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Class in the 21st century: Asset inflation and the new logic of inequality

Lisa Adkins, Melinda Cooper and Martijn Konings
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Lisa Adkins: School of Social and Political Sciences, Faculty of Arts and Social Sciences, 4334The University of Sydney, NSW, Australia
Melinda Cooper: School of Social and Political Sciences, Faculty of Arts and Social Sciences, 4334The University of Sydney, NSW, Australia
Martijn Konings: School of Social and Political Sciences, Faculty of Arts and Social Sciences, 4334The University of Sydney, NSW, Australia

Environment and Planning A, 2021, vol. 53, issue 3, 548-572

Abstract: What becomes of class when residential property prices in major cities around the world accrue more income in a year than the average wage worker? This paper investigates the dynamic of combined wage disinflation and asset price inflation as a key to understanding the growth of inequality in recent decades. Taking the city of Sydney, Australia, as exemplary of a dynamic that has unfolded across the Anglo-American economies, it explains how residential property was constructed as a financial asset and how government policies helped to generate the phenomenal house price inflation and unequal capital gains of recent years. Proceeding in close conversation with Thomas Piketty's work on inequality and recent sociological contributions to the question of class, we argue that employment and wage-based taxonomies of class are no longer adequate for understanding a process of stratification in which capital gains, capital income and intergenerational transfers are preeminent. We conclude the paper by outlining a new asset-based class taxonomy which we intend to specify further in subsequent work.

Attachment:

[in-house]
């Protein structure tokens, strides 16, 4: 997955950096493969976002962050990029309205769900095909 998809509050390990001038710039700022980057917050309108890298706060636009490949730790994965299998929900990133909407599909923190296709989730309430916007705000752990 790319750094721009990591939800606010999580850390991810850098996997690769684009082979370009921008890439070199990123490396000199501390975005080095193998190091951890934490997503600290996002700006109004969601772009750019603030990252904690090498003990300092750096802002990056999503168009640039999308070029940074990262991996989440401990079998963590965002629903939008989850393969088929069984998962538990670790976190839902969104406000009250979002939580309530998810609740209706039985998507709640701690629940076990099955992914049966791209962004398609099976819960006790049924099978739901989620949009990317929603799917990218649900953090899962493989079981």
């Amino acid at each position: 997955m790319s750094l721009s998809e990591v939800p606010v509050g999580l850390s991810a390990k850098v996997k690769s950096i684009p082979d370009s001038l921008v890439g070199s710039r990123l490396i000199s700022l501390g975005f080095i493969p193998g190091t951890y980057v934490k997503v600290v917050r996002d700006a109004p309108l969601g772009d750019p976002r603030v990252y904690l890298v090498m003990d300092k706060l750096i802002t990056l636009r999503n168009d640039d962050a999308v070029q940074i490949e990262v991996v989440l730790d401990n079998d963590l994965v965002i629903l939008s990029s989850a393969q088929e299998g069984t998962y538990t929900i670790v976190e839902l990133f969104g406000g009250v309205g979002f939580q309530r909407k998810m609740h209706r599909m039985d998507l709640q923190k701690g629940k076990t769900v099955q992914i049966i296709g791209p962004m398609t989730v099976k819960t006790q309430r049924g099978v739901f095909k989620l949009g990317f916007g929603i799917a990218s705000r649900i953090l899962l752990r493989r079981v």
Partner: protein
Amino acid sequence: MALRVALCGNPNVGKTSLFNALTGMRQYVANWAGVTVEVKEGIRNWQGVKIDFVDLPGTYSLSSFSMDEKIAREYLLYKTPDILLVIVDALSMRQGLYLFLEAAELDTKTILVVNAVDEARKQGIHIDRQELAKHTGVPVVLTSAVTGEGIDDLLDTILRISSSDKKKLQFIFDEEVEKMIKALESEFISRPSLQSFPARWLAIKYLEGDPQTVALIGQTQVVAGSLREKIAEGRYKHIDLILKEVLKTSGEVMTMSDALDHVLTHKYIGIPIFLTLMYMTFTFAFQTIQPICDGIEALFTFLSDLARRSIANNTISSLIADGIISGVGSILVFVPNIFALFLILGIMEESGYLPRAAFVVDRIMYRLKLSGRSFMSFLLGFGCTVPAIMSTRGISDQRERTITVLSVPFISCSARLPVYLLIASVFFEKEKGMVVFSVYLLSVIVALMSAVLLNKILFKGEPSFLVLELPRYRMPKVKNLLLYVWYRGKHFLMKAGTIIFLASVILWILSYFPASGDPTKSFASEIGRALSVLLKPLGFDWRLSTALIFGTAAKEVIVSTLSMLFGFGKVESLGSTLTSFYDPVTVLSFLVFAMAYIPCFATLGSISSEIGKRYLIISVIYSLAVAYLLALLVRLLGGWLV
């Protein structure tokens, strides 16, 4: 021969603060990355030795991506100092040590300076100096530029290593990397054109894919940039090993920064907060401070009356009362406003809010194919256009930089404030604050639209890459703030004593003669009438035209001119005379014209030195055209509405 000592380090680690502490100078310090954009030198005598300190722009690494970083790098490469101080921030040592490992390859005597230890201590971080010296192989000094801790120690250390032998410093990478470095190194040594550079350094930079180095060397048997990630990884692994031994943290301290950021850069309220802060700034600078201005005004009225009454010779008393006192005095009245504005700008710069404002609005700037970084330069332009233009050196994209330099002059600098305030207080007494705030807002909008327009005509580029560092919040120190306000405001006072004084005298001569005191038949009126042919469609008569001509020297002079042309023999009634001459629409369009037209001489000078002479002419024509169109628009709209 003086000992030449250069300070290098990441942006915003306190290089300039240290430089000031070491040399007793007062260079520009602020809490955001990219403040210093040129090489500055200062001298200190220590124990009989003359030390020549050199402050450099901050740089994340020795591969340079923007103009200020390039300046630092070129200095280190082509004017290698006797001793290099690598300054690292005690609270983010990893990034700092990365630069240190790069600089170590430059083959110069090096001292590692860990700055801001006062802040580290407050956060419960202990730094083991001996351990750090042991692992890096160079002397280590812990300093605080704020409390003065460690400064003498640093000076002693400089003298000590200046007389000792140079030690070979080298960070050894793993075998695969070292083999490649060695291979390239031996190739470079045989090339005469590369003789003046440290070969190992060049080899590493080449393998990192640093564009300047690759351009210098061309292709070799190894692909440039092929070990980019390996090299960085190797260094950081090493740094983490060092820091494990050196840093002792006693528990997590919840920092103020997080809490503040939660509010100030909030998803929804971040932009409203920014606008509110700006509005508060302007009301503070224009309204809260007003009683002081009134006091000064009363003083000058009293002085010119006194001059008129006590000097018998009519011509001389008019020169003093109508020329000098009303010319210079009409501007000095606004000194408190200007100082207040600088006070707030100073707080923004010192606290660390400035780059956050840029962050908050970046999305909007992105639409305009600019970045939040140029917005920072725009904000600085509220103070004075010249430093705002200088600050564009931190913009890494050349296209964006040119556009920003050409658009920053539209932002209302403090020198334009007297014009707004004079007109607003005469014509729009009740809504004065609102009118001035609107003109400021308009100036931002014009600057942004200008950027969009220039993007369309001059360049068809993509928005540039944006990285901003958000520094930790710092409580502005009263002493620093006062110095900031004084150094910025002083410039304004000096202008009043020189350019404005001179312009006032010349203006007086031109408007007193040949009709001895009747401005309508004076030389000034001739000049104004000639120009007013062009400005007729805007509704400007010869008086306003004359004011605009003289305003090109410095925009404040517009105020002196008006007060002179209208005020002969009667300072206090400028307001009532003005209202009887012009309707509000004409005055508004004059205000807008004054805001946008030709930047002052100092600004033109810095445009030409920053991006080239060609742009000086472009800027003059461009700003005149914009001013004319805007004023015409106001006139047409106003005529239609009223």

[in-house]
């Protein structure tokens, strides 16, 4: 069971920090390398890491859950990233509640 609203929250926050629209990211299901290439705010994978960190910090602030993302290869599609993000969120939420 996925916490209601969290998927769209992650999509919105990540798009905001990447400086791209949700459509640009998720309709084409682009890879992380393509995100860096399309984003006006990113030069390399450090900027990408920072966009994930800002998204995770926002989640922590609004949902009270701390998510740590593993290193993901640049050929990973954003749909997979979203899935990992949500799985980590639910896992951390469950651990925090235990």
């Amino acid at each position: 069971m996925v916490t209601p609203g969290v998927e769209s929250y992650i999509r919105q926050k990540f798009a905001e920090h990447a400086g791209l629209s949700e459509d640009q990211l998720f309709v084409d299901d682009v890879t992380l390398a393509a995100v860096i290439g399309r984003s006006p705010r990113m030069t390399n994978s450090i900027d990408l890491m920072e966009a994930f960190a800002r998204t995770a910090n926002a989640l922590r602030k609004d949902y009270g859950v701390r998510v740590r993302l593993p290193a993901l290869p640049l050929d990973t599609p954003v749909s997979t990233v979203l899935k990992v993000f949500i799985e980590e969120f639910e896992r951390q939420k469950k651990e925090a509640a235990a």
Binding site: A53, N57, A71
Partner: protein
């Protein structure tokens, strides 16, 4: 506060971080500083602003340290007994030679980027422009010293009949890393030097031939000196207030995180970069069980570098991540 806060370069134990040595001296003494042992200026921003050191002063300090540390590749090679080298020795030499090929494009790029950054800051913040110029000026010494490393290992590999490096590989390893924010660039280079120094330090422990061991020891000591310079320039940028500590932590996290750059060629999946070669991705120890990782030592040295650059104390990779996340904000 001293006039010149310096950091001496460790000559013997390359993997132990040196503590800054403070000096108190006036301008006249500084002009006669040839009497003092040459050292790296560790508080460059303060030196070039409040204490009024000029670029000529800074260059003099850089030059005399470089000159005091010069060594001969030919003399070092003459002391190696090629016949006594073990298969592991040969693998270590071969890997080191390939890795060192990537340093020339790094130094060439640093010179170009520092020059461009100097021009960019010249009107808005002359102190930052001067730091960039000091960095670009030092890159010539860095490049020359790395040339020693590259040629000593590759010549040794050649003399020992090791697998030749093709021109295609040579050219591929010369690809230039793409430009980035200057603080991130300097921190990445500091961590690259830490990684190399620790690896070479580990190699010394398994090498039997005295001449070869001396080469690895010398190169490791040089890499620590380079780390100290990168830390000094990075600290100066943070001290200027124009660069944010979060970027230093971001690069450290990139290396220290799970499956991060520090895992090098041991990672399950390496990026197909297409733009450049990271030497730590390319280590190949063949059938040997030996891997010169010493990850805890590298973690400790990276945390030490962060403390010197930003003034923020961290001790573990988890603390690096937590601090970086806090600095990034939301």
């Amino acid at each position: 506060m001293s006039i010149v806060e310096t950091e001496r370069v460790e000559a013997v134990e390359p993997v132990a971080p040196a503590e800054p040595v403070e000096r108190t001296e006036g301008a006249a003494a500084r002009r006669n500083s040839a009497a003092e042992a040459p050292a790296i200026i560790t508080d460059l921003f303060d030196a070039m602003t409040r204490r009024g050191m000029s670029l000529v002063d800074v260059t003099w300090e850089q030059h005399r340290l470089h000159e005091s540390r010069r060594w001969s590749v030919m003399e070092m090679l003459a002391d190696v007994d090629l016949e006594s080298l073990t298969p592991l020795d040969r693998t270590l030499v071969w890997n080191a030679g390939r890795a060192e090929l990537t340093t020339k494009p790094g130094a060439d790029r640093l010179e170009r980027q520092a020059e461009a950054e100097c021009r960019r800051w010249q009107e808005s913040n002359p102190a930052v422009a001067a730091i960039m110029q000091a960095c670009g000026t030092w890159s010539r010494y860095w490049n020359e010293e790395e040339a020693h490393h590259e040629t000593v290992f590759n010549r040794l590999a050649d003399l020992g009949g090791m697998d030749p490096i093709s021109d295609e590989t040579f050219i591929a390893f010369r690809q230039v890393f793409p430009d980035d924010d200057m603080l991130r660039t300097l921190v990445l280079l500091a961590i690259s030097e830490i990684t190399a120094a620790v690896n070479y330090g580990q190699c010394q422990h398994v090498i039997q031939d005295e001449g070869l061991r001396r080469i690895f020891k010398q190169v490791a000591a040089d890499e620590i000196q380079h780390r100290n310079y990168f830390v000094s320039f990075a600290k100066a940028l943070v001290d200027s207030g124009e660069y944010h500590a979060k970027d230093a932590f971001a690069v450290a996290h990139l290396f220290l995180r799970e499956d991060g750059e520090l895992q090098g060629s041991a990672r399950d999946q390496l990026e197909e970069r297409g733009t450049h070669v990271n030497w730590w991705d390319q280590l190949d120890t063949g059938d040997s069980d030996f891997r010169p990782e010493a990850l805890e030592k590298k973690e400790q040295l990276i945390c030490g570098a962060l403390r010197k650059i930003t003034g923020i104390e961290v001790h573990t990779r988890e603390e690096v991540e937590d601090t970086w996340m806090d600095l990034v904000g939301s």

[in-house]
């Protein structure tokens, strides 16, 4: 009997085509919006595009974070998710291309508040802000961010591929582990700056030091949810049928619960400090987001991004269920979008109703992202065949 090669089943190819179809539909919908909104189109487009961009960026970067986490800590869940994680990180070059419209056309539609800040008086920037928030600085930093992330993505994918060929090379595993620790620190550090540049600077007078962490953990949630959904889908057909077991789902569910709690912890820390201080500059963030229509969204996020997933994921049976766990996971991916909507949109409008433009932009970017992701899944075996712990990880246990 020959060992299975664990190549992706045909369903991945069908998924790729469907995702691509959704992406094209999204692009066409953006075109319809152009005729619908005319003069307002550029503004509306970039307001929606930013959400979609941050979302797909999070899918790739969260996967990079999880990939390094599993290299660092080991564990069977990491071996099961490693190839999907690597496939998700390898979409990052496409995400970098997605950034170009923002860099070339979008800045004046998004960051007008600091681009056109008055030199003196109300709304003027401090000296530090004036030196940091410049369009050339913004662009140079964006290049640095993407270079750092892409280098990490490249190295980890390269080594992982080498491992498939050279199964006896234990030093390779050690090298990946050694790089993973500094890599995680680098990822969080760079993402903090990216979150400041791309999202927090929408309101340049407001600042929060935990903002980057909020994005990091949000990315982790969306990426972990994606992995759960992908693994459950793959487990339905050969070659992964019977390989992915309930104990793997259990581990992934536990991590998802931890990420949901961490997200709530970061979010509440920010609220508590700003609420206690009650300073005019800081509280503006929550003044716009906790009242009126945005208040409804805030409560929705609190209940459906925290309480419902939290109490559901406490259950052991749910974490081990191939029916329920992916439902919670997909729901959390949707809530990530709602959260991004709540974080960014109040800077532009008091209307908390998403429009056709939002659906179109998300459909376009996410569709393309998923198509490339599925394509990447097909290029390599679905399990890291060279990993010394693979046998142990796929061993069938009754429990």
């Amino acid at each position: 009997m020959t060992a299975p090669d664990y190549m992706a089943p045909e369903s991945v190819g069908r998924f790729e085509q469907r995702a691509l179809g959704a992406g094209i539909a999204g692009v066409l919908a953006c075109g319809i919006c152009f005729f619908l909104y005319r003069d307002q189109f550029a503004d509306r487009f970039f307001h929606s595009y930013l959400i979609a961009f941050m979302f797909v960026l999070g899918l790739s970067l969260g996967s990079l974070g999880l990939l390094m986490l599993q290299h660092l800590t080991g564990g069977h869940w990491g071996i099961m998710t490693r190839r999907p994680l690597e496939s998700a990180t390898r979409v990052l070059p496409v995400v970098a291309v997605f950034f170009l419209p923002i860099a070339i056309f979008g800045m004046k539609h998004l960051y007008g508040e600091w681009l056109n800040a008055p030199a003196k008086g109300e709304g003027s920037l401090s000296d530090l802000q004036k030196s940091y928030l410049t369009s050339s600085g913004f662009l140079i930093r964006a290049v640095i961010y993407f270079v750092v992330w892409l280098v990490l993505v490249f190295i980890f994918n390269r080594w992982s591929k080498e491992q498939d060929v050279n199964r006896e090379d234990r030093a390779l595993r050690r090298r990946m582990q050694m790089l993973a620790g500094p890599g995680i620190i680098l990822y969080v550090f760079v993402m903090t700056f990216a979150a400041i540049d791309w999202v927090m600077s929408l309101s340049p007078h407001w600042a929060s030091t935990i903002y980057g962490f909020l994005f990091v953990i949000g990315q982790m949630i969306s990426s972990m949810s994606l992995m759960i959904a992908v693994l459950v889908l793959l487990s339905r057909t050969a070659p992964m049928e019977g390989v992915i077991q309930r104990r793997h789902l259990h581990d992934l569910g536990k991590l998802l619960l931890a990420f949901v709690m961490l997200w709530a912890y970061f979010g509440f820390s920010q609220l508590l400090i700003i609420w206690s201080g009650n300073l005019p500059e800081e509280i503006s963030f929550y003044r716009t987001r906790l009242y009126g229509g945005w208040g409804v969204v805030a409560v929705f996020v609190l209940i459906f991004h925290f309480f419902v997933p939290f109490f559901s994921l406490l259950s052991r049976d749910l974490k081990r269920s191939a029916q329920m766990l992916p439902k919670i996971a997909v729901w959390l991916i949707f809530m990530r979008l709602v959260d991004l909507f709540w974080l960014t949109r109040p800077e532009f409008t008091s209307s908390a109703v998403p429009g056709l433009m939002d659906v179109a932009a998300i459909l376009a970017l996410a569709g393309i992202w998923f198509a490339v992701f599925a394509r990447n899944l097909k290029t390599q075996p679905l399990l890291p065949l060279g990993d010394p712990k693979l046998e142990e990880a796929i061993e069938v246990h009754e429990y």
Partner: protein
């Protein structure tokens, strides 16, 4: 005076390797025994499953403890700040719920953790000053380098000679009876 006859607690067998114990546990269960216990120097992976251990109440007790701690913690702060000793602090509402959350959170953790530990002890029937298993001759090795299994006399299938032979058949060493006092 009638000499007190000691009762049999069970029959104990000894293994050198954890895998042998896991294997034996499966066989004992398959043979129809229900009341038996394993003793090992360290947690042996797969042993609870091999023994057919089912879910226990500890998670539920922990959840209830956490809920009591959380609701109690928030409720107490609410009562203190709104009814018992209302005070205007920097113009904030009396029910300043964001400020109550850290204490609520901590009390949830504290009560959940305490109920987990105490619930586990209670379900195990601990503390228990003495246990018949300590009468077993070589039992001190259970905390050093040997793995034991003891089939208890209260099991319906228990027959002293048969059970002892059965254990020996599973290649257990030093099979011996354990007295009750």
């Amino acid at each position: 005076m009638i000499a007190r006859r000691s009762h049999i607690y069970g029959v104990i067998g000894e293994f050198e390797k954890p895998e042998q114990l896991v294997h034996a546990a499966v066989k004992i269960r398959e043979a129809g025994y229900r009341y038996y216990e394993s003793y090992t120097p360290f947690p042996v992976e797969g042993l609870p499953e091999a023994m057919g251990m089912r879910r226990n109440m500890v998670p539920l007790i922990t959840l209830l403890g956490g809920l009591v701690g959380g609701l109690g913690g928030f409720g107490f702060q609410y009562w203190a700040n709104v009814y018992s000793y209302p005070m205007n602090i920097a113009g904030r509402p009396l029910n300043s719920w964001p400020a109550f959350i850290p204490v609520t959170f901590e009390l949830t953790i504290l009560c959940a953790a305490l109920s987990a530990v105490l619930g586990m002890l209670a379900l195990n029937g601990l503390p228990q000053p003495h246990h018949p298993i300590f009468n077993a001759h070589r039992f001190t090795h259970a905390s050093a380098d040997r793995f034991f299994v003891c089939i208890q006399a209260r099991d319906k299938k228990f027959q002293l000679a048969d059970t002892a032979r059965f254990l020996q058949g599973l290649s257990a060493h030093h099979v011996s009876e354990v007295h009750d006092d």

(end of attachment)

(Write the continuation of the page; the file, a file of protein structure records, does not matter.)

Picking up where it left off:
Keywords: House price inflation; asset inequality; capital gains; class; intergenerational transfers (search for similar items in EconPapers)
Date: 2021
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Persistent link: https://EconPapers.repec.org/RePEc:sae:envira:v:53:y:2021:i:3:p:548-572

DOI: 10.1177/0308518X19873673

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